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I need advice on my development process with mercurial when working on legacy code.

When I'm developing a new feature for a legacy project, I often need to refactor a part of the existing code during a feature implementation. I mean, I didn't anticipated the refactoring and I need to do it before proceeding to the feature implementation since I'll use the refactored code.

Since I think the refactoring is valuable even if the feature is not implemented, I want it to be a changeset as itself, and not to be part of the "feature" changeset. Furthermore, since I work on legacy code, it is not well unit-tested, so I need to test (manually) the refactoring only, without the code of the feature being developed.

So, my current process when working of legacy code is the following:

  1. work on the feature
  2. oops, I need to refactor something, so
  3. extract a patch from the current state of my working copy
  4. revert the changes
  5. do the refactoring and test!
  6. commit a changeset to the mercurial repository
  7. re-import the patch and deal with the conflicts manually
  8. go back to 1.

Is there's something I could improve in my process with mercurial? Is there a way to save the working copy temporarily and get mercurial deal with the conflicts when putting back the saved changed in my working copy?

If not, does git address this use-case more than mercurial?

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up vote 2 down vote accepted

The shelve extension does steps 3, 4 and 7 for you. Details can be found here.

If you're using TortoiseHg, it is built in to the workbench in the Repository menu.

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Interesting extension, I may be what I am looking for – Sylvain Prat Mar 1 '12 at 11:09
    
There's also the attic extension that does a little more than shelve – Sylvain Prat Mar 1 '12 at 14:54

My small deviations

  • I can't imagine own serious development without MQ, so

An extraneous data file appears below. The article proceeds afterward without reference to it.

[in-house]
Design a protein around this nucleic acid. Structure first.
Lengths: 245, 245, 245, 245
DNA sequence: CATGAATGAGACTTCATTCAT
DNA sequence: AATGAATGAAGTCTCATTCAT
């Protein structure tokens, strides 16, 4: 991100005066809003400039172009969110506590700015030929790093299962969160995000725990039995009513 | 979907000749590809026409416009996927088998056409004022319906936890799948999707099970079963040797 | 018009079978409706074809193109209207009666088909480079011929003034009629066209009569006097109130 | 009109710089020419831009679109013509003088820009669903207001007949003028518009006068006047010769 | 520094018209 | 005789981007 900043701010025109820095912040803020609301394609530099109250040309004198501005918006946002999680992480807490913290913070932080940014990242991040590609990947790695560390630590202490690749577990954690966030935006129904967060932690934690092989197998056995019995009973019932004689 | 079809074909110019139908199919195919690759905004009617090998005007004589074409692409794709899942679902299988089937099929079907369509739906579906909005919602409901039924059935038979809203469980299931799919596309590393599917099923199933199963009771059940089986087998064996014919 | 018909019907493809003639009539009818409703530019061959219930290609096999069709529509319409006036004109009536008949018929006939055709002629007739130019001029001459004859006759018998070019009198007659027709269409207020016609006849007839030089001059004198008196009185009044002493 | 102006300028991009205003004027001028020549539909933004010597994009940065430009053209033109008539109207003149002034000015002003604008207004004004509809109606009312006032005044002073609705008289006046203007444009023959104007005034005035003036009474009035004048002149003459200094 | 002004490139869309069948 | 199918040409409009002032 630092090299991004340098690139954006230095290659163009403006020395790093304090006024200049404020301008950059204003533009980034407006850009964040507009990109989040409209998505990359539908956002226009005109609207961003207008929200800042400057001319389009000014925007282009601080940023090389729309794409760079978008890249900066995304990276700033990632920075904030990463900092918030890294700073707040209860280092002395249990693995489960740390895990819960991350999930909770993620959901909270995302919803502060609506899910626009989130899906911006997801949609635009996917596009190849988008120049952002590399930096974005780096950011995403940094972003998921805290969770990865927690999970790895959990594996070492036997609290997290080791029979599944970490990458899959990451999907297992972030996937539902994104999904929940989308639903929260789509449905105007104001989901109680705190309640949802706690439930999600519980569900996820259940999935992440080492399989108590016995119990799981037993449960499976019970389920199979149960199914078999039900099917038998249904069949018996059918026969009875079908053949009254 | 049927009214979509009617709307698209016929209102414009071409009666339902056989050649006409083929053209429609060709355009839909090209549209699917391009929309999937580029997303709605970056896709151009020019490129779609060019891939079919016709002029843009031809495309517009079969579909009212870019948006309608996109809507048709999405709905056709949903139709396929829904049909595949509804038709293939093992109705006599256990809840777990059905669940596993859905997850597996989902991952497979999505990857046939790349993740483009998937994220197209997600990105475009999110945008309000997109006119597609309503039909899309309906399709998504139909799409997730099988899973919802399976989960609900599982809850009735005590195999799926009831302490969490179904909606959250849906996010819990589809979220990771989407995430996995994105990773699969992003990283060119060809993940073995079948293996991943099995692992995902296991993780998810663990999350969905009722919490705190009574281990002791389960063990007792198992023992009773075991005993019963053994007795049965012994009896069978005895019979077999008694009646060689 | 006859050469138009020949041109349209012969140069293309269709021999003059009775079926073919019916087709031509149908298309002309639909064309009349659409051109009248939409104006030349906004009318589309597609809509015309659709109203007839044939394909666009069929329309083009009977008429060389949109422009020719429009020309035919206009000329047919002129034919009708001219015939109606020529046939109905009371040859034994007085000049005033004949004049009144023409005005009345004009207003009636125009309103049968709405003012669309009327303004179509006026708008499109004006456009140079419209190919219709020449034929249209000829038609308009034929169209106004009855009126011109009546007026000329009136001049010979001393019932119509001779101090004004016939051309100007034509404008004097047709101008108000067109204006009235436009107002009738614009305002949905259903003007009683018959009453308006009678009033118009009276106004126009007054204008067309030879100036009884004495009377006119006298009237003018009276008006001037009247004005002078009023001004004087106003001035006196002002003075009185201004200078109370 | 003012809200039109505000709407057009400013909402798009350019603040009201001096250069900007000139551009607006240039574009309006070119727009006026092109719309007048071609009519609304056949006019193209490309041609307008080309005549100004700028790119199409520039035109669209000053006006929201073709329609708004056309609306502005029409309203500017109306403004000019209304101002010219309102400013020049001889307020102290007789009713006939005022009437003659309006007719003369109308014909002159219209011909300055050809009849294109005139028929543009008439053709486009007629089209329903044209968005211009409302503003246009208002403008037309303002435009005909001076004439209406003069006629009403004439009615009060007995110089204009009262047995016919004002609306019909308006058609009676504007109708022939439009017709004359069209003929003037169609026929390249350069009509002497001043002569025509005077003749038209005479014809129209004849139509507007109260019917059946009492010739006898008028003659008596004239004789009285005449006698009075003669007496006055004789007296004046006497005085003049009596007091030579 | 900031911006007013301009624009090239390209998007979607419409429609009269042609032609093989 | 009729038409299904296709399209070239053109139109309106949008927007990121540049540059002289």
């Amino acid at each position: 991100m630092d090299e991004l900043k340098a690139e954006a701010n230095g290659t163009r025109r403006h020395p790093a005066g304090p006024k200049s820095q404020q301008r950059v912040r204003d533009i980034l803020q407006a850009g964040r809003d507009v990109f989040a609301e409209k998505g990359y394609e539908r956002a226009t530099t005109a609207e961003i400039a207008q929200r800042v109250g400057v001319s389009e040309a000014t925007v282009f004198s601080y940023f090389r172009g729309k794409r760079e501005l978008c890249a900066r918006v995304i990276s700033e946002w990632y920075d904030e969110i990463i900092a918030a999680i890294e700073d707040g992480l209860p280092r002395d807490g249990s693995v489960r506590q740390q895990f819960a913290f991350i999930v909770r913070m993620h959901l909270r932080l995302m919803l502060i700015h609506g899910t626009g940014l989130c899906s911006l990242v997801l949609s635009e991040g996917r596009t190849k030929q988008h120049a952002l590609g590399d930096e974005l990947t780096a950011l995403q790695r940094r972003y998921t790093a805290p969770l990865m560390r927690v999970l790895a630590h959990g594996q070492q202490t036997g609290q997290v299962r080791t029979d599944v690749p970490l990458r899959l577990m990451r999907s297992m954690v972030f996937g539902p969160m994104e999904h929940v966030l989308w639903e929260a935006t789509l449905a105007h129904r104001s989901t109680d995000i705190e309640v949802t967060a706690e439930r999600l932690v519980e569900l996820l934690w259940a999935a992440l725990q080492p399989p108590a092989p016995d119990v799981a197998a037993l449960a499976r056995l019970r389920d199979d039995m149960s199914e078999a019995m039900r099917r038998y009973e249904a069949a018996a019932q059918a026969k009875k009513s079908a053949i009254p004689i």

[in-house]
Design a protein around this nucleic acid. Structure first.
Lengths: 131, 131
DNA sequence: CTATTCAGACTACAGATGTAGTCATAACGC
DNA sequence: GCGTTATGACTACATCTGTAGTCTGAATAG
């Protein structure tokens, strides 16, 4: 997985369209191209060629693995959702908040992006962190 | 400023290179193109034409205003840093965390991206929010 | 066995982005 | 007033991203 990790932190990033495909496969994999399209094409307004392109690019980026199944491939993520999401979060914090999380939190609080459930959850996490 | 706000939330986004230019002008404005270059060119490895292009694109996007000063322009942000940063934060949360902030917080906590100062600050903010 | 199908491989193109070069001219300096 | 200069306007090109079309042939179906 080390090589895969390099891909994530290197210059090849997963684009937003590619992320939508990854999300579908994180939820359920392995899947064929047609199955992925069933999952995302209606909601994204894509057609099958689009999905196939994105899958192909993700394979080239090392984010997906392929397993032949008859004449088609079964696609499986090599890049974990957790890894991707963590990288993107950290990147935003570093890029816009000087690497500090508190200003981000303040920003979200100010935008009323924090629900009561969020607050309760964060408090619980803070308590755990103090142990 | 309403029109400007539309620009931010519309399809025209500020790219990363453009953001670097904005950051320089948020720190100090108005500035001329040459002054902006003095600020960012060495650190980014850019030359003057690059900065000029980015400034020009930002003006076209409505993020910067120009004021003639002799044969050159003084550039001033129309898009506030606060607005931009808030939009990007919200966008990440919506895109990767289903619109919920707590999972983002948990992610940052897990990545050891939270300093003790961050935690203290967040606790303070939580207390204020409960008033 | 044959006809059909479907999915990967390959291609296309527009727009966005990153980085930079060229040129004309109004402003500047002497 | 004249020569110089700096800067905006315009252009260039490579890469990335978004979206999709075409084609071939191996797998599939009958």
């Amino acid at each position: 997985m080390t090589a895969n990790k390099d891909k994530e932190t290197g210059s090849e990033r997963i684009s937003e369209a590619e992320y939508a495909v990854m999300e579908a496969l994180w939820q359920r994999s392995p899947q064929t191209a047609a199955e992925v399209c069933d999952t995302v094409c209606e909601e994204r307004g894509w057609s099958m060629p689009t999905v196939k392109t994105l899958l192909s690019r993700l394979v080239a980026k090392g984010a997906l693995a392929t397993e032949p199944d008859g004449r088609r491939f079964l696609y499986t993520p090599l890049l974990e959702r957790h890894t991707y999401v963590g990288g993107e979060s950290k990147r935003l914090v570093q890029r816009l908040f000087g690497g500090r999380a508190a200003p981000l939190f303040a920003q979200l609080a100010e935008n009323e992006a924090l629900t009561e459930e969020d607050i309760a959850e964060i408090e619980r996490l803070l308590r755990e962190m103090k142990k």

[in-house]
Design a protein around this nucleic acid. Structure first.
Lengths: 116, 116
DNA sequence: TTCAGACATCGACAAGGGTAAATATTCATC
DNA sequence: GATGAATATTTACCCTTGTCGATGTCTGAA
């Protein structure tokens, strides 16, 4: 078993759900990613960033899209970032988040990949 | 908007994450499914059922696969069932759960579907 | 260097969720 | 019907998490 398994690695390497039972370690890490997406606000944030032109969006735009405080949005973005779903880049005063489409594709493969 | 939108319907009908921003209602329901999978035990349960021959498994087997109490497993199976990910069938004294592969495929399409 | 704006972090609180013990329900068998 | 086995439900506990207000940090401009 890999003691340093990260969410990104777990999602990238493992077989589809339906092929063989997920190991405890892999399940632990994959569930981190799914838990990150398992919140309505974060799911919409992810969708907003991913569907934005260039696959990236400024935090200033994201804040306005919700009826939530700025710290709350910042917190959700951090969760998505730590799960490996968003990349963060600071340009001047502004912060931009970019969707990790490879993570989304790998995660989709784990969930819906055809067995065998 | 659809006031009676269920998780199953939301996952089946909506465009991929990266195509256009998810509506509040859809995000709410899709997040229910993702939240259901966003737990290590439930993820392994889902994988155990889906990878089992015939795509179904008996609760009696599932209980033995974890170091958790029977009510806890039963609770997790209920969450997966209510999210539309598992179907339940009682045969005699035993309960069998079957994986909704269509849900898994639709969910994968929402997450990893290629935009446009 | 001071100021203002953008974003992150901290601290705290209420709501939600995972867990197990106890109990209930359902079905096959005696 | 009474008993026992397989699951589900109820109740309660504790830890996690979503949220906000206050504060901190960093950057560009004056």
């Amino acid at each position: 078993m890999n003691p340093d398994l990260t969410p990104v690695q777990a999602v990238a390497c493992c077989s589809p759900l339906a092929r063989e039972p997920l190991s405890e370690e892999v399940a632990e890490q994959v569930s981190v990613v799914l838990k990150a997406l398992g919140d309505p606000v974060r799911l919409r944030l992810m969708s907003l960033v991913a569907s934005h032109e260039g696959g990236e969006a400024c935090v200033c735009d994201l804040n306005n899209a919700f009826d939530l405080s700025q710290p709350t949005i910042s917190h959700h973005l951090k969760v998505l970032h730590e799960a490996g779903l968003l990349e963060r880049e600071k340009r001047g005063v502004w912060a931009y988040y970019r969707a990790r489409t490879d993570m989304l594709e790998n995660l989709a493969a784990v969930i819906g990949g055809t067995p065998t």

3 - save current work as MQ-patch

4 - qpop it

...

6 - commit in separate branch

7 - qpush on top of refactoring branch, resolve conflicts, qpop

7a - merge refactoring-branch into feature-branch

7b - qpush in feature-branch, resolve conflicts

7c - qfinish

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I am not very familiar with MQ, so I guess I'll RTFM – Sylvain Prat Mar 1 '12 at 11:18
    
+1 for MQ, but I'd do both the refactor and the new feature as patches (i.e. no commits) so I can move between working on the refactor and the feature as I need to. When you finish they both become separate commits. I do this a lot. – Paul S Mar 1 '12 at 14:30
    
@PaulS - due to stackable nature of MQ-patches, I (and it's only my style, not rule) prefer don't have dependent patches in stack – Lazy Badger Mar 2 '12 at 0:35

Instead of extracting a patch, I would commit the code:

  1. Work on the feature
  2. Discover you need to refactor something
  3. Commit your work in progress
  4. Update to the revision before your commit
  5. Do the refactoring, test
  6. Commit the refactored code
  7. Merge with the previously committed work in progress
  8. Continue, rinse, repeat

Bonus points if the work in progress you commit in step 3 is functional :), because broken code is a bad starting point to resume work after the refactor.

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The problem is, I often have non-working code when I need to refactor, just because I need the refactored code in order to finish my feature. – Sylvain Prat Mar 1 '12 at 11:05
    
Furthermore, I may decide that the implementation I'm working on is just so bad that I want to revert all my changes, so I'd have to backout the changeset. – Sylvain Prat Mar 1 '12 at 11:07
    
Well it’s not terrible to check in non-working code (as long as you don’t push it), it’s just a better starting point to continue after the refactoring. – Laurens Holst Mar 1 '12 at 13:47
    
And if you want to revert all your changes you can just strip the changeset instead of merging it (just take care not to push it), or merge it but discard all changes. – Laurens Holst Mar 1 '12 at 13:48
    
I don't really like checking-in non-working code because it pollutes the history and make it harder to track the changes made for a single feature when you have a bug reported for that feature. So, I do my best to commit a feature as a single changeset when possible – Sylvain Prat Mar 1 '12 at 14:57

When I'm in this situation, I do everything in one large lump, and when I'm ready to commit, I pick the patch apart either using qrecord or by hand (using Emacs).

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What if both the refactoring and the feature affect the same file? – Sylvain Prat Mar 1 '12 at 11:12
    
Then some additional work is required ;). In my experience, this does happen, but it rarely affects more than a hunk or two. – Ringding Mar 1 '12 at 11:45

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